|Publication number||US7570125 B2|
|Application number||US 10/553,321|
|Publication date||Aug 4, 2009|
|Filing date||Apr 14, 2004|
|Priority date||Apr 17, 2003|
|Also published as||EP1613948A1, EP1613948B1, EP1616171A1, US7543476, US20070040624, US20070062287, WO2004095011A1, WO2004095012A1|
|Publication number||10553321, 553321, PCT/2004/1615, PCT/GB/2004/001615, PCT/GB/2004/01615, PCT/GB/4/001615, PCT/GB/4/01615, PCT/GB2004/001615, PCT/GB2004/01615, PCT/GB2004001615, PCT/GB200401615, PCT/GB4/001615, PCT/GB4/01615, PCT/GB4001615, PCT/GB401615, US 7570125 B2, US 7570125B2, US-B2-7570125, US7570125 B2, US7570125B2|
|Inventors||Victor Petrovich Ostanin, Alexander Sleptsov|
|Original Assignee||Akubio Limited|
|Export Citation||BiBTeX, EndNote, RefMan|
|Patent Citations (12), Non-Patent Citations (1), Referenced by (6), Classifications (22), Legal Events (4)|
|External Links: USPTO, USPTO Assignment, Espacenet|
This invention relates to a crystal oscillator circuit for example, for use in sensors and a method of operation in which the crystal is caused to oscillate at a chosen resonant frequency, irrespective of changes in that frequency. The invention finds particular utility under conditions where high drive power and external influences cause unpredictable changes in the resonant frequency.
In conventional applications of quartz crystal oscillators, such as timing and frequency control, the quartz crystal is connected in a resonant circuit and maintains a highly stable frequency of operation since, amongst other reasons, a low driving voltage is used. In these applications, the control of the driving voltage is not as important as the frequency of oscillation and maintaining the driving voltage at a low level avoids heating the crystal.
Quartz and other piezo-electric oscillators are widely used in sensing applications; for example, in the sensing of temperature, pressure, mass and viscosity. In such applications there is a need to ensure that the frequency stays on resonance, and methods for achieving this are known. They include temperature stabilisation, free-running oscillator circuits, and phase shifting networks. In all these cases the oscillator is operating at a fixed low power level and in its linear range
However, there are applications, for example sensor applications, of quartz crystals where the driving power is required to be varied over a much wider range, including power levels which drive the crystal into its non-linear mode of operation. For example, the quartz crystal may be used as a motional transducer. Such an application is rupture event scanning (REVS™) which is described in WO01/02857. In this application, the driving voltages are typically up to 20 volts peak to peak. It is well known that as the driving voltage increases, the resonant frequency of the crystal changes. This is due to a number of effects, such as irreversible voltage induced changes in the quartz structure caused by the nonlinear response of the quartz crystal to high voltages and temperature dependence of the crystal's resonant frequencies caused by the heating of the crystal at high power levels.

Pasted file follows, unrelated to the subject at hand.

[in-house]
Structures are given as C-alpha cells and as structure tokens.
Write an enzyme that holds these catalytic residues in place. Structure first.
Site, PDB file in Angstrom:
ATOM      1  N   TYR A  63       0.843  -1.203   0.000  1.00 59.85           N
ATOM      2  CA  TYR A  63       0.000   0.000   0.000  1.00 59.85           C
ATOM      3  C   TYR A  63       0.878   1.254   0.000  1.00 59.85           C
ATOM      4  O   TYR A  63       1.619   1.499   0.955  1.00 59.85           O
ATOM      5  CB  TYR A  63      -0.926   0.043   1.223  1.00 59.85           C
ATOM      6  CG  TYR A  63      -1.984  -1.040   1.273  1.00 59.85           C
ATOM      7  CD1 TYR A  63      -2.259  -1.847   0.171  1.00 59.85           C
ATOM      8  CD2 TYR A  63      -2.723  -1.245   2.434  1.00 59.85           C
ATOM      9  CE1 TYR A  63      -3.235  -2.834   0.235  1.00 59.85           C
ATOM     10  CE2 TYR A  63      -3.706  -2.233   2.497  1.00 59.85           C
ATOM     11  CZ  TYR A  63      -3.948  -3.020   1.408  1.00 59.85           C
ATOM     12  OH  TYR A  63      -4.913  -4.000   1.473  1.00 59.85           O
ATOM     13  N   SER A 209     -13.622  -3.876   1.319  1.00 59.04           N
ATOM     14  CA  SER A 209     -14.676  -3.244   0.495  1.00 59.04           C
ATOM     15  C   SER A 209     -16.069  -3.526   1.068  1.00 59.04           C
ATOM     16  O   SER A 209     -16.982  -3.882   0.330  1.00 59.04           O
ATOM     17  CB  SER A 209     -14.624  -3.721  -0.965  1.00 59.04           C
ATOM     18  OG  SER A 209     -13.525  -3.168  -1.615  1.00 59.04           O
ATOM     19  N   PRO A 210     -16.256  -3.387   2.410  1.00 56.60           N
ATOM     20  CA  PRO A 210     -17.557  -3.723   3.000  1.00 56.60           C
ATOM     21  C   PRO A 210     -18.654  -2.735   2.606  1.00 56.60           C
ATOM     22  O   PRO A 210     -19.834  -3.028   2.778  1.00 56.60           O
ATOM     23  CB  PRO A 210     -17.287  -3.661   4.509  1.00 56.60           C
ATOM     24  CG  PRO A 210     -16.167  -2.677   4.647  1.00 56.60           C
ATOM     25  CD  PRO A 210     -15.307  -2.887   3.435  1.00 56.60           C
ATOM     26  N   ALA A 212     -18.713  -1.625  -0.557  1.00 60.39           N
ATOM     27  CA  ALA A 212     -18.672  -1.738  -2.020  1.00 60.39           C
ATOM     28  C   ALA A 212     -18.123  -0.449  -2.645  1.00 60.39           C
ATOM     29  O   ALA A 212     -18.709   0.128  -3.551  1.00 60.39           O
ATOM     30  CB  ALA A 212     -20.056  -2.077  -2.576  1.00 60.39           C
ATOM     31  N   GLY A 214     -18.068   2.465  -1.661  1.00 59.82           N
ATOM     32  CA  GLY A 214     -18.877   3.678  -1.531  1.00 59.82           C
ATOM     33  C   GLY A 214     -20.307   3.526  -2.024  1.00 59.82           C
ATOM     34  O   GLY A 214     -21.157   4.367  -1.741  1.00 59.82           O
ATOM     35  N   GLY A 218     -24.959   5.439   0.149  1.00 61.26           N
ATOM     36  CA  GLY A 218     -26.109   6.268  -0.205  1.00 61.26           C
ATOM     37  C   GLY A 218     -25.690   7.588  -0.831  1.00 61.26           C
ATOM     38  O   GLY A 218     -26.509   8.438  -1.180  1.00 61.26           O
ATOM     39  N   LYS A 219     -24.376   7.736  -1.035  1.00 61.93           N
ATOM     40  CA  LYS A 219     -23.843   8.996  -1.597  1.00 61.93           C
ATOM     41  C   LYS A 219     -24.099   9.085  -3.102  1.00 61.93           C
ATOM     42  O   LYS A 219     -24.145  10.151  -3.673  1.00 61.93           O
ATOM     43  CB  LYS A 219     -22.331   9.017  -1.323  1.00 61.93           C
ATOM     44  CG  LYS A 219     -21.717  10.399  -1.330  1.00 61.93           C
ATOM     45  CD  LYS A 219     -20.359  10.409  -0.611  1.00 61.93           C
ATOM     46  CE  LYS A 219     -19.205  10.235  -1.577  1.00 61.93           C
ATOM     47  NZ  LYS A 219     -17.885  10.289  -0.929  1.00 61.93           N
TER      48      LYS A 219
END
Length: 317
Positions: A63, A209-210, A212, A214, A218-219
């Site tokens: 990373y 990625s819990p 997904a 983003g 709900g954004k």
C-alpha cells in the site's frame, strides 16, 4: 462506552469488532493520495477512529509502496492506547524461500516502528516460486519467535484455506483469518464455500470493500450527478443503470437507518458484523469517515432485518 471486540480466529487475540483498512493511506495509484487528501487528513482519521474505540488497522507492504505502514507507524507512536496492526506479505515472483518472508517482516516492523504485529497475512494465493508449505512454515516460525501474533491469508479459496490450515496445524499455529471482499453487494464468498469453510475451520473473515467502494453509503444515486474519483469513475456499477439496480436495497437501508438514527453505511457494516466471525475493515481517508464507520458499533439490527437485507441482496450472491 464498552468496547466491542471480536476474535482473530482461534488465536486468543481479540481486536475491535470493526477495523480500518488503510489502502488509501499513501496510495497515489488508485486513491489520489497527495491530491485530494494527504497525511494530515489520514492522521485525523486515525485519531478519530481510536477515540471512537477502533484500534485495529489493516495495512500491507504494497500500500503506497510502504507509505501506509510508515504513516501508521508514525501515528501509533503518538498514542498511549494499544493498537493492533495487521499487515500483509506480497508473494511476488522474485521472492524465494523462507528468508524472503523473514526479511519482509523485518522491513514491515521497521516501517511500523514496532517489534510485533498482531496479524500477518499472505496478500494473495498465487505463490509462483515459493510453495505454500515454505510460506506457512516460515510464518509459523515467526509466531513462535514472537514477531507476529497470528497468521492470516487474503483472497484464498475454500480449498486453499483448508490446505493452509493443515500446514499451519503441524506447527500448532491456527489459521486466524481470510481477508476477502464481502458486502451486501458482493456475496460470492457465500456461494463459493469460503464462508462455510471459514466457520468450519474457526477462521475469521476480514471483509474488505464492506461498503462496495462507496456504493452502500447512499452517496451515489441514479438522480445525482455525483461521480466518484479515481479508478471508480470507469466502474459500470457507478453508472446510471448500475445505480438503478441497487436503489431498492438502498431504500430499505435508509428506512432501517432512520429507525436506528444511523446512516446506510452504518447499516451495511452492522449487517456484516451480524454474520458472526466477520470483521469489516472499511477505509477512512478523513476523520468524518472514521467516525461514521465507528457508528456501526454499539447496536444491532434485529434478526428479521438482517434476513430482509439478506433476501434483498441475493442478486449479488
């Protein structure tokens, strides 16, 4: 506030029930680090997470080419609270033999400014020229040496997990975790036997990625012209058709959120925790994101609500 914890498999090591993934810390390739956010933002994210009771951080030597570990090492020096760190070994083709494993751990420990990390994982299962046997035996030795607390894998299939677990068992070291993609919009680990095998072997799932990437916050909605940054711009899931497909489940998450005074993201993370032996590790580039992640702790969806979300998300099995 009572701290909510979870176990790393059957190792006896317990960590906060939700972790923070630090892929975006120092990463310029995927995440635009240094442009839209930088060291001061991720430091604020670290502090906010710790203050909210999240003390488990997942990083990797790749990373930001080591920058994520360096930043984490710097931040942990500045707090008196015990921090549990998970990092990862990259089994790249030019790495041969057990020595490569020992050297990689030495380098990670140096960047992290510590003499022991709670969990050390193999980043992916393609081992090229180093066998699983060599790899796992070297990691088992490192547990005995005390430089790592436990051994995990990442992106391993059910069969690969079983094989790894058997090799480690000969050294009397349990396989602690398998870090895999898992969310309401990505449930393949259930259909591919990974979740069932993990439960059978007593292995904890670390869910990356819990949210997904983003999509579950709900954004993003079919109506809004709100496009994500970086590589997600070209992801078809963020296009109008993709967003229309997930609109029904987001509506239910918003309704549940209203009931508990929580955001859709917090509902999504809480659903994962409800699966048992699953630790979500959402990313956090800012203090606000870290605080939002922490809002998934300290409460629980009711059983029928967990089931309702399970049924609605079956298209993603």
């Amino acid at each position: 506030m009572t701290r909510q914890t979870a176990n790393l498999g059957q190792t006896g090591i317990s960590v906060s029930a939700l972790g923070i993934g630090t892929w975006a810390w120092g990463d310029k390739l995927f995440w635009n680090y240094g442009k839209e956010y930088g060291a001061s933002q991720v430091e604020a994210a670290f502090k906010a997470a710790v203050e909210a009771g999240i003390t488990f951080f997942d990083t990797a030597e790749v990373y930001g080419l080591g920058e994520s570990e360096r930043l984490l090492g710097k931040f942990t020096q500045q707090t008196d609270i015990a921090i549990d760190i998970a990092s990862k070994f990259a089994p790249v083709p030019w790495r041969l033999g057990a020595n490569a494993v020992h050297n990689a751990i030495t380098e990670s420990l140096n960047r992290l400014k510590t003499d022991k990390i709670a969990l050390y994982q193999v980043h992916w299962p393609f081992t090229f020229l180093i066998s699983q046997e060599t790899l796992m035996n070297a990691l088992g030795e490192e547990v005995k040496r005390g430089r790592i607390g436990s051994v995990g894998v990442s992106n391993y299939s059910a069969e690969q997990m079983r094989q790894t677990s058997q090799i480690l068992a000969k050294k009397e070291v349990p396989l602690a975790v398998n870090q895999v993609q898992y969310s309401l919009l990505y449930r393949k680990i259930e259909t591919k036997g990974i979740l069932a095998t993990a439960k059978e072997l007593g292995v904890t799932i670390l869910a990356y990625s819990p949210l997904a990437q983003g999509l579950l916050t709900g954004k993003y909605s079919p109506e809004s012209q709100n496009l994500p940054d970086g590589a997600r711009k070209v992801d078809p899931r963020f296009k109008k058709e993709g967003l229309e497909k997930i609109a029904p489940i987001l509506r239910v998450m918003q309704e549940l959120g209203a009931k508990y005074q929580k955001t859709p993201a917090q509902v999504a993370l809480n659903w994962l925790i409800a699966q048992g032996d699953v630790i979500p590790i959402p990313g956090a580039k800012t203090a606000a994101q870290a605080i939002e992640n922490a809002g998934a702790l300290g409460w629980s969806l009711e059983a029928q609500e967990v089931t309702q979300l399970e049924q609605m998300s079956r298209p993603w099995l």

In conventional oscillator applications, the oscillator selects the strongest mode. Spurious modes exist in crystals whose power versus frequency characteristics may approach or cross that of the resonance at higher power. These interactions can change the resonant response of the crystal. Spurious modes close to the resonance which are normally of low intensity may have a steep frequency versus temperature characteristic. At a certain temperature, the frequency of an unwanted mode may coincide with the oscillator frequency. Both these effects can cause a “mode hop” or abrupt change in the frequency of the oscillator.
Furthermore, in many sensors it is desirable to operate at a resonant overtone of the crystal, because sensitivity of some parameters is increased at higher frequencies. However as the overtone frequency increases, the density of spurious modes also increases, and the probability of mode-hopping increases. Unwanted modes can be controlled by proper design and fabrication methods for low power applications; however, as the power level increases this becomes increasingly difficult.
In the REVS™ process, the power level may typically be varied from zero to 250 mW, and this must be done in a controlled way while maintaining the oscillation at resonance. Any deviation from the resonance will cause the amplitude of the mechanical motion of the crystal to decrease. Since identification of a rupture event is dependent on the control of mechanical motion such deviations cannot be tolerated.
The problems described below are exacerbated in rupture event scanning where the crystal is in contact with a dissipative fluid. As the amplitude increases non-linear visco-elastic effects change the frictional forces on the crystal in an unpredictable way. Dissipative losses in the fluid may also cause heating of the crystal. These effects can cause changes in the resonant frequency of the crystal as the power is increased.
Thus, in REVS™ there is a need to have a frequency control system which actively drives the crystal always on resonance, and which can follow unpredictable changes in the resonant frequency due to thermal and non-linear effects, while maintaining control over the drive power supplied.
In accordance with one aspect of the present invention, there is provided an apparatus for oscillating a surface, the apparatus comprising an oscillator circuit having:
In accordance with a second aspect of the present invention there is provided a method for oscillating a surface, the method comprising:
Hence, the invention provides an apparatus and method for oscillating a surface by oscillating a piezoelectric crystal connected to the surface such that the crystal oscillates at one of its resonant frequencies, irrespective of changes in that frequency.